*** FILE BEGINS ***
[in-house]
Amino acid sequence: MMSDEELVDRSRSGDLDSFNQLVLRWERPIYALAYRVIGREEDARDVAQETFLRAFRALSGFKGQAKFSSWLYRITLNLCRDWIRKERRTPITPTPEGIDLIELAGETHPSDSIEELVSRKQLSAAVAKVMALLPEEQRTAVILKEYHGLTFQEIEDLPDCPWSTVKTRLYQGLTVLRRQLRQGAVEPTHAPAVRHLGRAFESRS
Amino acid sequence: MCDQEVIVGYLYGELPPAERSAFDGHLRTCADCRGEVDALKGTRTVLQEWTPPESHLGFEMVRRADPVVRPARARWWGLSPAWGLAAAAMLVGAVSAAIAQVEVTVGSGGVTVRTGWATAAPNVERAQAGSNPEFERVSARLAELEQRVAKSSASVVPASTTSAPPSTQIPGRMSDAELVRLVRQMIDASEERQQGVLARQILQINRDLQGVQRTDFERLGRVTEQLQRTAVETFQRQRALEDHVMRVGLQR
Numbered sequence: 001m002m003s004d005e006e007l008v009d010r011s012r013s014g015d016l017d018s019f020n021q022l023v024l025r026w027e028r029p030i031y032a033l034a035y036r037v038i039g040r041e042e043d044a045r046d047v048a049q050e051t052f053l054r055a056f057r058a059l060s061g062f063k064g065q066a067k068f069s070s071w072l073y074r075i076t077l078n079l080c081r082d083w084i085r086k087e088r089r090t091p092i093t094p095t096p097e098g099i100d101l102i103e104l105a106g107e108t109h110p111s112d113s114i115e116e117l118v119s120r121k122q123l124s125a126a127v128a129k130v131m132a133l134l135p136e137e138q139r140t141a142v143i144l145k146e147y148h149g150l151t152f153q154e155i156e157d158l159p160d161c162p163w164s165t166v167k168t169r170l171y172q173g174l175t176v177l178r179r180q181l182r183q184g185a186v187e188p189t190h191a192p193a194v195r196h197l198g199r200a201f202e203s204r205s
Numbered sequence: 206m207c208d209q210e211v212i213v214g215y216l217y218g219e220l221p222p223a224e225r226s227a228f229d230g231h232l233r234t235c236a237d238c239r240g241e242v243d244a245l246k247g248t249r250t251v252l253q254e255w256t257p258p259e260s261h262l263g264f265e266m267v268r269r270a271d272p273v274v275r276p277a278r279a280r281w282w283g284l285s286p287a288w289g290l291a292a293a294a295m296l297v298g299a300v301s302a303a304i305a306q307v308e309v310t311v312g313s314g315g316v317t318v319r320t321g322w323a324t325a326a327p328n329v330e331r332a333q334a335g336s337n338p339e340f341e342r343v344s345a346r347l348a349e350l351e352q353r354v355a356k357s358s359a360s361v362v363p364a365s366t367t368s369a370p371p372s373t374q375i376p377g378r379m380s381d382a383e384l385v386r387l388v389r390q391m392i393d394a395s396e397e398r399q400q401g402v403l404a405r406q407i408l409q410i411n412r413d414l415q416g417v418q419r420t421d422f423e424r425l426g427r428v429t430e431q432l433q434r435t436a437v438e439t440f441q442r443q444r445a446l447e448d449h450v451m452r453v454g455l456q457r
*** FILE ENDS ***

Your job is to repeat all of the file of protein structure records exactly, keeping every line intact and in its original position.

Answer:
[in-house]
Amino acid sequence: MMSDEELVDRSRSGDLDSFNQLVLRWERPIYALAYRVIGREEDARDVAQETFLRAFRALSGFKGQAKFSSWLYRITLNLCRDWIRKERRTPITPTPEGIDLIELAGETHPSDSIEELVSRKQLSAAVAKVMALLPEEQRTAVILKEYHGLTFQEIEDLPDCPWSTVKTRLYQGLTVLRRQLRQGAVEPTHAPAVRHLGRAFESRS
Amino acid sequence: MCDQEVIVGYLYGELPPAERSAFDGHLRTCADCRGEVDALKGTRTVLQEWTPPESHLGFEMVRRADPVVRPARARWWGLSPAWGLAAAAMLVGAVSAAIAQVEVTVGSGGVTVRTGWATAAPNVERAQAGSNPEFERVSARLAELEQRVAKSSASVVPASTTSAPPSTQIPGRMSDAELVRLVRQMIDASEERQQGVLARQILQINRDLQGVQRTDFERLGRVTEQLQRTAVETFQRQRALEDHVMRVGLQR
Numbered sequence: 001m002m003s004d005e006e007l008v009d010r011s012r013s014g015d016l017d018s019f020n021q022l023v024l025r026w027e028r029p030i031y032a033l034a035y036r037v038i039g040r041e042e043d044a045r046d047v048a049q050e051t052f053l054r055a056f057r058a059l060s061g062f063k064g065q066a067k068f069s070s071w072l073y074r075i076t077l078n079l080c081r082d083w084i085r086k087e088r089r090t091p092i093t094p095t096p097e098g099i100d101l102i103e104l105a106g107e108t109h110p111s112d113s114i115e116e117l118v119s120r121k122q123l124s125a126a127v128a129k130v131m132a133l134l135p136e137e138q139r140t141a142v143i144l145k146e147y148h149g150l151t152f153q154e155i156e157d158l159p160d161c162p163w164s165t166v167k168t169r170l171y172q173g174l175t176v177l178r179r180q181l182r183q184g185a186v187e188p189t190h191a192p193a194v195r196h197l198g199r200a201f202e203s204r205s
Numbered sequence: 206m207c208d209q210e211v212i213v214g215y216l217y218g219e220l221p222p223a224e225r226s227a228f229d230g231h232l233r234t235c236a237d238c239r240g241e242v243d244a245l246k247g248t249r250t251v252l253q254e255w256t257p258p259e260s261h262l263g264f265e266m267v268r269r270a271d272p273v274v275r276p277a278r279a280r281w282w283g284l285s286p287a288w289g290l291a292a293a294a295m296l297v298g299a300v301s302a303a304i305a306q307v308e309v310t311v312g313s314g315g316v317t318v319r320t321g322w323a324t325a326a327p328n329v330e331r332a333q334a335g336s337n338p339e340f341e342r343v344s345a346r347l348a349e350l351e352q353r354v355a356k357s358s359a360s361v362v363p364a365s366t367t368s369a370p371p372s373t374q375i376p377g378r379m380s381d382a383e384l385v386r387l388v389r390q391m392i393d394a395s396e397e398r399q400q401g402v403l404a405r406q407i408l409q410i411n412r413d414l415q416g417v418q419r420t421d422f423e424r425l426g427r428v429t430e431q432l433q434r435t436a437v438e439t440f441q442r443q444r445a446l447e448d449h450v451m452r453v454g455l456q457r